And the sea, in the far distance would surely have been closer in Homeric times, one thought.

Yet it was strangely moving to be standing on the very ground where the brave & noble Hector fought legendary Achilles who had his body dragged in full view of aged Priam, lovely Andromache, beauteous Helen, Paris, & the rest.

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Incredible Turkiye

Ayasofya  Hamam Istanbul Turkey


Tel no: 0212 5173535


I am visiting a hamam today.One of the  major attractions on my ‘To do List.’ I almost walked into one both at Canakkale & at Eceabat but somehow they  did not seem inviting enough. This is also my last day in Istanbul. After much looking around  I have decided on the Ayasofya Hurrem Sultan Hamami. It is housed in a wing of the Ayasofya complex & being a part of  the historic building  has the same beautiful architecture. This hamam was built during the Ottoman period – in 1556. It has lately been acquired & renovated by a business house that appears to fully comprehend the money that could be made off such a venture. From the outside it has traditional thick stone walls topped by a cupola. I was warned about the cost but decided to check it out never the less.

I  wear the plastic shoe covers placed at the entrance & walk inside. The ambience is fairy like & ethereal. White unstained marble floors & slabs. Snow white walls reaching up to  the  domed ceiling with natural light flitting in from the skies. There is soft music, a mild fragrance & Turkish girls in the sheerest of sheers. I have to take an appointment as the staff is busy attending to a wedding party. This has long been a Turkish cultural tradition. Matrons would visit the place with daughters in tow hoping to fix a match.

This is what I love about Turkey.This peculiar mix of East & West.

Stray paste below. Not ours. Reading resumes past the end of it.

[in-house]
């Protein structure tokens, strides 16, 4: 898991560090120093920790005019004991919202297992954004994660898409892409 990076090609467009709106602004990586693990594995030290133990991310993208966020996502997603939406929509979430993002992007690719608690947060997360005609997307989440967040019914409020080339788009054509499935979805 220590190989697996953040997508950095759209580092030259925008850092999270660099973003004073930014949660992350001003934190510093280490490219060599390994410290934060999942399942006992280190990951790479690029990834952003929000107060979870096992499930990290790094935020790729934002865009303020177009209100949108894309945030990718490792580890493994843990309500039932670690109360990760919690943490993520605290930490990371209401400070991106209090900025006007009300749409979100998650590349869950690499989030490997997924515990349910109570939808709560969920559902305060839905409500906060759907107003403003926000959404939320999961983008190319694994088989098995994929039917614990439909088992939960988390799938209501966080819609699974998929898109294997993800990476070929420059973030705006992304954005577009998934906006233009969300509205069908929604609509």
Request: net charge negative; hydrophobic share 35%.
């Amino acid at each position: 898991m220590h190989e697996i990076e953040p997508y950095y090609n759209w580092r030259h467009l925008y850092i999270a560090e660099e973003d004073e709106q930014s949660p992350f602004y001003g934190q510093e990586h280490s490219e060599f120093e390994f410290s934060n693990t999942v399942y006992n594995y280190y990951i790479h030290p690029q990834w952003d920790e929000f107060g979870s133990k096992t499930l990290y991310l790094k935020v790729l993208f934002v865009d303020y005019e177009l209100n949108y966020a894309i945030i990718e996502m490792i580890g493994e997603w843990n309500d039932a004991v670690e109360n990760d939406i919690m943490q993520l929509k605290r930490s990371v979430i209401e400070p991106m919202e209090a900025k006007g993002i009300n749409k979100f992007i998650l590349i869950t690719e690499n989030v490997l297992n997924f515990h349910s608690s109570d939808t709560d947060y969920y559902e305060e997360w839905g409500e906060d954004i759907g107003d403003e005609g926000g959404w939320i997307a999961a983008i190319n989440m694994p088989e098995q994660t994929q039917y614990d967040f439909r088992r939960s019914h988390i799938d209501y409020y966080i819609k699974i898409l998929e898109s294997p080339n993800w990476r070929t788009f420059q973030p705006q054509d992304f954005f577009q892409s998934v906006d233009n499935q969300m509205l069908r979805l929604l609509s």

I opt for a ‘Pir i Pak’ ( full cleaning) which is essentially a traditional body scrub along with a bubble wash massage. It will be 70 euros/ 35 minutes – thank you. I am given a pestamal – a traditional silk bath wrap & am led to a steaming hamam that has a golden plated Ottoman style bath bowl. The attendant brings along a wooden comb, a scrubber especial to the skin type, special olive oil soap, shampoo, conditioner & body lotion. Clothes removed & placed inside a locker that has an ornate  filigree  carved wooden screen I am quite ready to step into the bath. The pores – quite literally – open up after the scrub. The amount of skin dirt  scrubbed off so gently & diligently is unbelievable. You are led by the hand & made to lie on a hot white marble slab.This is for the bubble bath – the billowing bubble bag merely grazing you like a feather. Hair shampooed & conditioned. Massage complete, the lady walks you through a maze of marbled corridors into an immense room that has glazed glass, Turkish rugs, lamps & Ottoman era artifacts. Everything beautiful & minimal. Seated comfortably you are handed a glass of fruit sherbet & asked to relax & enjoy as long as you wish

An incredible experience indeed